Muslims in India Continue to Offer Help and Volunteer As Covid Wrecks Havoc

As Muslims put their lives and resources at the forefront, it has not come easy – they have been subjected to online hate and real-life discrimination.

As Muslims put their lives and resources at the forefront, it has not come easy – they have been subjected to online hate and real-life discrimination.

As India is hit with a brutal second wave of coronavirus that has wreaked havoc in the country, the already struggling public health care system has been pushed to the brink; there is an acute shortage of oxygen, ventilators, beds, the antiviral drug Remdesivir, and plasma donors.

The government of Prime Minister Narendra Modi, a Hindu nationalist leader of the rightwing Bhartiya Janata Party, has slept over the crises, effectively failing to preempt the deluge or take measures to bring the situation under control.

The vacancy has given way to another response where civil society has stepped up to provide succour to the desperate patients and their families and in this regard, Muslims have also chipped in both at the individual level and as organisations.

Indian Muslims have opened up their mosques, centres, businesses, supplying medical, oxygen, made donations, are acting as volunteers at hospitals, and helped perform last rites of non-Muslims, as the country is in the grip of unprecedented health crises.

One story that has been doing rounds on social media is that of Pyare Khan, a transporter in the city of Nagpur in Maharashtra, one of the worst-hit states. He has donated two tankers of 32 tonnes of oxygen worth Rs 10 million for free to hospitals and his contribution is said to have saved hundreds of lives.

“The number of patients in Nagpur has increased and there is a shortage of oxygen, ventilators, and medicines. In such a situation, we could do something to save the lives of people,” Khan told a local news outlet.

Then there is the case of Shahnawaz Sheikh who sold his cab last year to provide for the oxygen of 250 Covid-19 patients. This time again he has set up a centre and team of volunteers who provide oxygen cylinders to needy patients. One report said that Shaikh s helped over 4,000 people so far with free oxygen cylinders.

Reports are also emerging that in city after city, mosques are doubling up as Covid-19 centres hosting patients who are unable to find space in hospitals.

In Vadodara, a city in the western state of Gujarat, the prayer space in a mosque is now providing care to 50 coronavirus patients.

“Due to shortage of beds and oxygen cylinders, we decided to convert our mosque into Covid facility. And what’s better than the month of Ramadan to do this,” a trustee of the mosque told news agency ANI.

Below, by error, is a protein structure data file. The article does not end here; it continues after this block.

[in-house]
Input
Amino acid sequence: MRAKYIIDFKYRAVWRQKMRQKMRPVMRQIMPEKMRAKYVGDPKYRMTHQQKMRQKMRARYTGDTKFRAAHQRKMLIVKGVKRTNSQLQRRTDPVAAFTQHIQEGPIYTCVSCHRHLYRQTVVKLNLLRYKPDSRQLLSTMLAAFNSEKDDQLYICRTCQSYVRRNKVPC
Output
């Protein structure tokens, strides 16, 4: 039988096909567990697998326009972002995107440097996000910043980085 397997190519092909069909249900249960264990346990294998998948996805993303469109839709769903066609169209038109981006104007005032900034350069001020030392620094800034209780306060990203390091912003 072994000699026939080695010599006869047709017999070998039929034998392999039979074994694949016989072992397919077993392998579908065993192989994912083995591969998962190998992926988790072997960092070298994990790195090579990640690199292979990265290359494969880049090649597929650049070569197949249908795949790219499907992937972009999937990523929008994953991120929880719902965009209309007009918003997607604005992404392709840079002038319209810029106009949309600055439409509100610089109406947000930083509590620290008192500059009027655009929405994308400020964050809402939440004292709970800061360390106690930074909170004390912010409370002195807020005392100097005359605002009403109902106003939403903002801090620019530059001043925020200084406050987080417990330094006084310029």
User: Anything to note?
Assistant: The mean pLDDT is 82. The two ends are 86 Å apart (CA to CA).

The country is facing an acute shortage of medical oxygen as critical coronavirus cases continue to surge resulting in hundreds of deaths.

Shaheen Bagh, a Muslim-dominated locality which in early 2020 was at the forefront of the uprising against Modi government discriminatory citizenship law, has become one of the most sought-after addresses in the capital city of New Delhi. The locality’s welding shops are now supplying oxygen cylinders to patients gasping for breath. The rush is huge and shopkeepers say they are unable to meet the demand.

A mosque in another Muslim locality has initiated to provide free eight-litre oxygen cylinders to the patients who need them at the time of emergency on a returnable basis.

Similar initiatives are running in Mumbai, a metropolitan city famous for Bollywood. Here an NGO, the Red Crescent Society of India, is making oxygen available at the mosques to those who need it, free of cost and irrespective of religion, caste, or creed.

“This is our united fight against the pandemic and we thought of doing our bit to help the needy,” Arshad Siddiqui, the chairman of the Red Crescent Society of India, was quoted by the Times of India as saying.

Besides such initiatives at the community level, young Muslims are at the forefront of social media initiatives that raise requests for help with finding beds, oxygen cylinders, plasma donors, and look for possible solutions.

As Muslims put their lives and resources at the forefront, it has not come easy – they have been subjected to online hate and real-life discrimination.

For instance, Vijay Shah, a leader of Prime Minister Modi’s party, objected to Muslims who were helping in the cremation of a party member in Gujarat state. Reportedly, the Muslims had helped with the cremation of a thousand bodies who died of Covid-19.

In another case, a picture of a prescription went viral which read that the patient, suffering from Covid-19, and attendant wanted to be discharged because they did not want treatment from a “Muslim “ doctor.

Despite Muslims across the country working tirelessly against the ongoing Covid-19 pandemic, it remains to be seen what else will come forth from the current climate of Islamophobia in India.

Advertise on TMV